Alphabet Inc.’s


GOOG -0.36%

Google asked a federal judge Friday to dismiss an antitrust lawsuit brought by Texas and more than a dozen state attorneys general, arguing that they failed to show the search giant’s digital advertising practices were anticompetitive.

Google said that the states’ complaint focused on outdated conduct that didn’t preclude competition and that the practices were largely abandoned as the company’s ad-tech business evolved. It rebutted Texas’s allegations that its product changes violated antitrust laws, emphasizing how they improved competition and benefited publishers and advertisers.

The company’s filing in New York federal court marks its first legal salvo since Texas and more than a dozen other states sued Google in late 2020. Texas has filed several amended complaints since then in a case that is slated to go to trial in 2023.

Google also challenged Texas’s allegation that a deal with

Meta Platforms Inc.’s


FB -2.40%

Facebook precluded the social network from working with other ad auctioneers, saying that “provisions explicitly preserve Facebook’s freedom to deal with Google’s competitors.” Google included a copy of the Facebook contract in its motion to dismiss.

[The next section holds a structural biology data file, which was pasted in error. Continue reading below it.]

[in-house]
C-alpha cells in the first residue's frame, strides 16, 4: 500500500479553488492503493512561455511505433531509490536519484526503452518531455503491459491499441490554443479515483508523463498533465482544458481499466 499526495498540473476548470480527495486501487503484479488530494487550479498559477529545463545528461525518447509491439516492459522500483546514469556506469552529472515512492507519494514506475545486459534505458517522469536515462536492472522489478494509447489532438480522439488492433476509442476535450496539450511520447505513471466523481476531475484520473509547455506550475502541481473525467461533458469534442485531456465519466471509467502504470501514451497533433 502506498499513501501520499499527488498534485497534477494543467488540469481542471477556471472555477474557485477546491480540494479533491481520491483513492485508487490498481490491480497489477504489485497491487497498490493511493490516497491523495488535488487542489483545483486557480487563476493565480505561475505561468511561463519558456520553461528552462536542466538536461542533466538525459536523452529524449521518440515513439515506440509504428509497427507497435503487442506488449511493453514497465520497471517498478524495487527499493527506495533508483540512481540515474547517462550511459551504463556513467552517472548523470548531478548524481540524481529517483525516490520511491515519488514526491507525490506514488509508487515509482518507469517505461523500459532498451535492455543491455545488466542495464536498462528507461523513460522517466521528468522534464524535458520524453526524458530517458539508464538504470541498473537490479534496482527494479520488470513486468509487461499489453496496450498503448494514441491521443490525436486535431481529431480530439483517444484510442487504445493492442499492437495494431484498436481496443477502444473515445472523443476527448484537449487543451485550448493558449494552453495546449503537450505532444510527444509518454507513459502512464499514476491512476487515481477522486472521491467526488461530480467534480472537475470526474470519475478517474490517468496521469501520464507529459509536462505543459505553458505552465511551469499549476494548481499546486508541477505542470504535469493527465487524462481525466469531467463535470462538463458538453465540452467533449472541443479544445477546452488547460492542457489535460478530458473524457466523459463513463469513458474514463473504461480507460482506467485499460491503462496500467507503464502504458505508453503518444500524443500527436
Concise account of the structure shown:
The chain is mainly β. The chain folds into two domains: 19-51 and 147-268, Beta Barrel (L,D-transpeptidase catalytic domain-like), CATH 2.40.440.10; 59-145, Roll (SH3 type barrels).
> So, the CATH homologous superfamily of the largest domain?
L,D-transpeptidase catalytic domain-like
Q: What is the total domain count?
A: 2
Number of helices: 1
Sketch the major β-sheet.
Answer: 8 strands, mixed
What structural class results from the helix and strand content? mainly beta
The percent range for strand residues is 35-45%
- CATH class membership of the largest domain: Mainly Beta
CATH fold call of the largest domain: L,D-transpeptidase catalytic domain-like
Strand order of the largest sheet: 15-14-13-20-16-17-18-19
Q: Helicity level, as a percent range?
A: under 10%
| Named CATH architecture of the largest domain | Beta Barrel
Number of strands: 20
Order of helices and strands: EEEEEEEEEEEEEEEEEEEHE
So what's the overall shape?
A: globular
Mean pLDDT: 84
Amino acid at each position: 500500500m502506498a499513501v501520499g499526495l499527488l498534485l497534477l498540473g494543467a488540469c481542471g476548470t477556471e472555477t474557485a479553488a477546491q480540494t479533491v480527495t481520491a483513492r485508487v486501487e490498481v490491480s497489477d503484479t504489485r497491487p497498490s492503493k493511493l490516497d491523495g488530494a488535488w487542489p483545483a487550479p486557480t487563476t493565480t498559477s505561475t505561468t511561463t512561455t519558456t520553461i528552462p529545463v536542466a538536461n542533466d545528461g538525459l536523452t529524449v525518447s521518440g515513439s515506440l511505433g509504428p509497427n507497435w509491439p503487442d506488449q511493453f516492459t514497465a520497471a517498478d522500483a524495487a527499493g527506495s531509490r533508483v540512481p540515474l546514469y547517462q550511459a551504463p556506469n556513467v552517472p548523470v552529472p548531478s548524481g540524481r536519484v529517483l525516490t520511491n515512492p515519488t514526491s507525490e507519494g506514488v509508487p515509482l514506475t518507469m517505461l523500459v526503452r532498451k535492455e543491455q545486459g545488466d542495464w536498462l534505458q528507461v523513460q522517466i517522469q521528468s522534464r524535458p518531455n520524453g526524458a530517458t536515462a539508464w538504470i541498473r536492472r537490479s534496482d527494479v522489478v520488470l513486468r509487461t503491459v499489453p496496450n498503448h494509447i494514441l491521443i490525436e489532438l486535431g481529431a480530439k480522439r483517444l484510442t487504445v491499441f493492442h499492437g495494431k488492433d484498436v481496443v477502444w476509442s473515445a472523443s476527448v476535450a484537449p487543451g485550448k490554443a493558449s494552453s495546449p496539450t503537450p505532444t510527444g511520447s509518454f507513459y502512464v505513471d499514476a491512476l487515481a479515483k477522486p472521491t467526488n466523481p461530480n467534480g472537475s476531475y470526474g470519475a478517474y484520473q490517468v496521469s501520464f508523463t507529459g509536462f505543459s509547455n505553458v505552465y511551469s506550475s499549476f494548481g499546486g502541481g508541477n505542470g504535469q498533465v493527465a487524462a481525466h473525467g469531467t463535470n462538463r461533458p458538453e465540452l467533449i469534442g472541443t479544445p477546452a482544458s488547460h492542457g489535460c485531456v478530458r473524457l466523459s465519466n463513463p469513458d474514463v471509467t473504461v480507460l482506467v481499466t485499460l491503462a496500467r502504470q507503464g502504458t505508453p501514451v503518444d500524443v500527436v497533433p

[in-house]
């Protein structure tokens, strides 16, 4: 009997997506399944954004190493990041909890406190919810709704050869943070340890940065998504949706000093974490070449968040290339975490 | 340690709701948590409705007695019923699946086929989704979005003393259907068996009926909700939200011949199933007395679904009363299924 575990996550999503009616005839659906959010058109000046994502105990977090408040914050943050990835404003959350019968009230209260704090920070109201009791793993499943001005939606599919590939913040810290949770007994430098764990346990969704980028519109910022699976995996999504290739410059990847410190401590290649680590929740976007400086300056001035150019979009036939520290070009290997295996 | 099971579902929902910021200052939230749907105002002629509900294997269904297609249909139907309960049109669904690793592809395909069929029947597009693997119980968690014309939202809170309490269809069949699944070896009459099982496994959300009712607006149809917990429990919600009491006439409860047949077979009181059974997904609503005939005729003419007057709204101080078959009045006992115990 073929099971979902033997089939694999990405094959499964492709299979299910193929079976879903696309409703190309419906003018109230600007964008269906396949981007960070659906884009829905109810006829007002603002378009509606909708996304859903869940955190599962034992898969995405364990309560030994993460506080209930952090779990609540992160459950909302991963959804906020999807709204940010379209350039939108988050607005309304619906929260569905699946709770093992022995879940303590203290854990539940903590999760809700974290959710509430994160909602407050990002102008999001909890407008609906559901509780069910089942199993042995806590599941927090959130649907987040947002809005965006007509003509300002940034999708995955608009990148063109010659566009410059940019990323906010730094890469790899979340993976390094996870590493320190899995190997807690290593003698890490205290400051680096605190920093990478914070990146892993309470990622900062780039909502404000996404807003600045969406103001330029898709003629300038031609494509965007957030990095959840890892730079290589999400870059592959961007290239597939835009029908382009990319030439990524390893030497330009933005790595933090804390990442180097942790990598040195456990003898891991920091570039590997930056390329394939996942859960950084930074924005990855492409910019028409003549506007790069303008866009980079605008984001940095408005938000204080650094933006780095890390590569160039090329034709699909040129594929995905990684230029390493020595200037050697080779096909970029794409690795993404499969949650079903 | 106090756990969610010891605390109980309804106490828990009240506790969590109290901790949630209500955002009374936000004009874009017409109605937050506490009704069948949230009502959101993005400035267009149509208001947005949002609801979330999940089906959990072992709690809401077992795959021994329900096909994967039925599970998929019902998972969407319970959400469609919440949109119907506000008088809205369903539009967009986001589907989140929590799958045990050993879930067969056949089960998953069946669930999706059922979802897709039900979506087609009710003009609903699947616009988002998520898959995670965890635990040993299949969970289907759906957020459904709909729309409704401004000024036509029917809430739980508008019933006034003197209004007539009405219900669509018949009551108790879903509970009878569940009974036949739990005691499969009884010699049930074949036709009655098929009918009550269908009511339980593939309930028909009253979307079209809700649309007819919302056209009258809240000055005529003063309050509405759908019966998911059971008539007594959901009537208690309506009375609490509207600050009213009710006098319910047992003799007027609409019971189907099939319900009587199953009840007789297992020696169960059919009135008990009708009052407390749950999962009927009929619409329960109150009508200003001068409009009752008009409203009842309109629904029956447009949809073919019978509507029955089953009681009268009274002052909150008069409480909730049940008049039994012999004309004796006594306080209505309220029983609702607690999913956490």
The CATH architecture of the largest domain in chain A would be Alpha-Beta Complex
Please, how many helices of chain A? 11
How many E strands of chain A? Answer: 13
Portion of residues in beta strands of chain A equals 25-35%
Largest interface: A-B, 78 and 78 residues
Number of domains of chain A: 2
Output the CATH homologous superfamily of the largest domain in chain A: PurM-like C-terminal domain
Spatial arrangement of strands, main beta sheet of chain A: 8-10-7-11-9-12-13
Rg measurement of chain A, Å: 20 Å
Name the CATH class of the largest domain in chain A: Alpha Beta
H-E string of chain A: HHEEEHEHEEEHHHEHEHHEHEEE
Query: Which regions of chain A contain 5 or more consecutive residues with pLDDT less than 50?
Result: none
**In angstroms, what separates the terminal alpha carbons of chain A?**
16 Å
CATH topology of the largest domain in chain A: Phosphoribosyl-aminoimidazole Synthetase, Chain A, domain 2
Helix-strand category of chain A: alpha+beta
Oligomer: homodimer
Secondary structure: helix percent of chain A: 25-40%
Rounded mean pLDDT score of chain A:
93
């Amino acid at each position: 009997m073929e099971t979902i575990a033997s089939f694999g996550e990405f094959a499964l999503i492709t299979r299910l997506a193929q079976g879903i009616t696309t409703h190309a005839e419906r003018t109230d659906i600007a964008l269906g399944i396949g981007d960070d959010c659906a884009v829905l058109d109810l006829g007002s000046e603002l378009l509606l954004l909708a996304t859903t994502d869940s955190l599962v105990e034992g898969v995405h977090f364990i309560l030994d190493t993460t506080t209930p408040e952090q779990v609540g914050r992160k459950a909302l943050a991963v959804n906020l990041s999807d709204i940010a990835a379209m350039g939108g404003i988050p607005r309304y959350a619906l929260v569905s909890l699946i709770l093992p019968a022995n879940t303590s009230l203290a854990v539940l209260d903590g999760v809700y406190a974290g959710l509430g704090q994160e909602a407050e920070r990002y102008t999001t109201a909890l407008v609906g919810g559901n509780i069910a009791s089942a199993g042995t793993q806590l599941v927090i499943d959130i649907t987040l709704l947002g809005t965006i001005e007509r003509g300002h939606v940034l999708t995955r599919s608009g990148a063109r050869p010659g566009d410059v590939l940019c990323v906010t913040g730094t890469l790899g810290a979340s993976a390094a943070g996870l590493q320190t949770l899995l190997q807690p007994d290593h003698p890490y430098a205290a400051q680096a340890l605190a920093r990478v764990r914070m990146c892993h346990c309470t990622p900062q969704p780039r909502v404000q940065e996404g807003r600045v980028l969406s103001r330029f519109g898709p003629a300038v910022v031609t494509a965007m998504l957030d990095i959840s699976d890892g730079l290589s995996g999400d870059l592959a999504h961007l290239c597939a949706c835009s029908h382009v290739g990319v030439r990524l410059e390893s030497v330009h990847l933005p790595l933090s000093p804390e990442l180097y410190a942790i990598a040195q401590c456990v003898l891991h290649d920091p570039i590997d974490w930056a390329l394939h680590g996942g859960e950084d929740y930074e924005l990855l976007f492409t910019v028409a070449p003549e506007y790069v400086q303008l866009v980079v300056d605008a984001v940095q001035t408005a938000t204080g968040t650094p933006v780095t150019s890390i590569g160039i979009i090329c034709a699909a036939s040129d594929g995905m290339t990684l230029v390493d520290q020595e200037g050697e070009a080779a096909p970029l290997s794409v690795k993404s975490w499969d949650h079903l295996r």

“Despite amassing a lengthy collection of grievances, each one comes down to a plea for Google to share its data or to design its products in ways that would help its rivals,” the company said in its motion. “The Sherman Act requires no such thing.”

In defending its business practices, Google representatives cast its ad-tech operation as a relatively small piece of the company’s overall business. At the same time, Google said the division is central to the company’s efforts to support a vibrant, ad-funded internet, which in turn aids the company’s larger search-advertising business. For the 2020 fiscal year, the company reported $104 billion in revenue from its own products such as Google Search and $23 billion in sales of ads from third-party publishers.

Judge P. Kevin Castel is expected to rule on the motion as soon as this summer, according to Google representatives. Texas is expected to challenge the motion to dismiss.

In June, Facebook succeeded in winning dismissal of an antitrust case brought by the Federal Trade Commission. The agency later submitted a revised complaint that a federal judge allowed to proceed.

Write to Tripp Mickle at Tripp.Mickle@wsj.com and Keach Hagey at keach.hagey@wsj.com

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